Brumbaugh testified that she spoke with Claimant and that Claimant admitted that she authorized the LSU purchase and that items were given as a gift to her stepson when he left his position as a wage employee for the Pesticide Education Program. Brumbaugh stated that several employees interviewed during the audit said that they collected personal funds to pay for the items, outside of Employer's P-Card or any university fund. She noted that the collected funds were likely used to pay for a lion statue and a meal, but no collected funds were used to reimburse Employer for the LSU jersey. N.T. at 32, 38.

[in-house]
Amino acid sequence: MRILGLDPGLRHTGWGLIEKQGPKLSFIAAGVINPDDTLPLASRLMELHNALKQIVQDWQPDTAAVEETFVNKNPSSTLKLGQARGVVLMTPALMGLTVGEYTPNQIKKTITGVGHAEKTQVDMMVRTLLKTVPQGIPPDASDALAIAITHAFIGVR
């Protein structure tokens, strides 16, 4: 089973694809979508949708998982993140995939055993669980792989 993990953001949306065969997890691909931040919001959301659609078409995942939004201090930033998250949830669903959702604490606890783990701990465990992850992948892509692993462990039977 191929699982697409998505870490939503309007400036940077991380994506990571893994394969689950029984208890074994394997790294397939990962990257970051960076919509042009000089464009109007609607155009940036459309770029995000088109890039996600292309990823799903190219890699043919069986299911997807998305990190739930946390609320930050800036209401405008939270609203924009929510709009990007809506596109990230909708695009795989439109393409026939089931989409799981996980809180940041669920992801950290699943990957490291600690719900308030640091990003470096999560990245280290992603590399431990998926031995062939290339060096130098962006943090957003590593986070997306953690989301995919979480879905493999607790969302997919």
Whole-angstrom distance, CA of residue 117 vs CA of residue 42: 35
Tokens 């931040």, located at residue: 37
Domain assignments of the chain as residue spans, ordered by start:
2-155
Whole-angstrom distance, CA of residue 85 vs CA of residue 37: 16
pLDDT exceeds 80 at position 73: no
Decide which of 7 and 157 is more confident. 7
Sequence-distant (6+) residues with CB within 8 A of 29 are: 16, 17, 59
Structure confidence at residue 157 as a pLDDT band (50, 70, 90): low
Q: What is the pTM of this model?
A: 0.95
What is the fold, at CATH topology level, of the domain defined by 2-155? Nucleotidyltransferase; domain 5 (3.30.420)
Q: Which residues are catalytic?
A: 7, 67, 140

With regards to Chazzbo Media, Brumbaugh testified that outside vendors required approval by Employer if purchases were over a certain threshold amount, which was met in this case. She stated that even if Chazzbo Media was an approved vendor by the Department of Agriculture, Claimant was still obligated to have the vendor approved by Employer and failed to do so. Brumbaugh also explained that this approval would have alerted Employer to the fact that Chazzbo Media employed one of Employer's retirees. She stated that the policy requiring approval to hire retirees covered not just Employer's departments, but also the hiring of independent contractors like Chazzbo Media. She explained that hiring a retiree in this manner, without proper approvals through appropriate channels, could impact the retiree's retirement benefits. Though the retired employee was not paid by Employer, but as an employee of Chazzbo Media, Brumbaugh stated that Employer's policy required Claimant to seek approval because she had actual knowledge that a retired employee was working on the project. N.T. at 33, 39-40.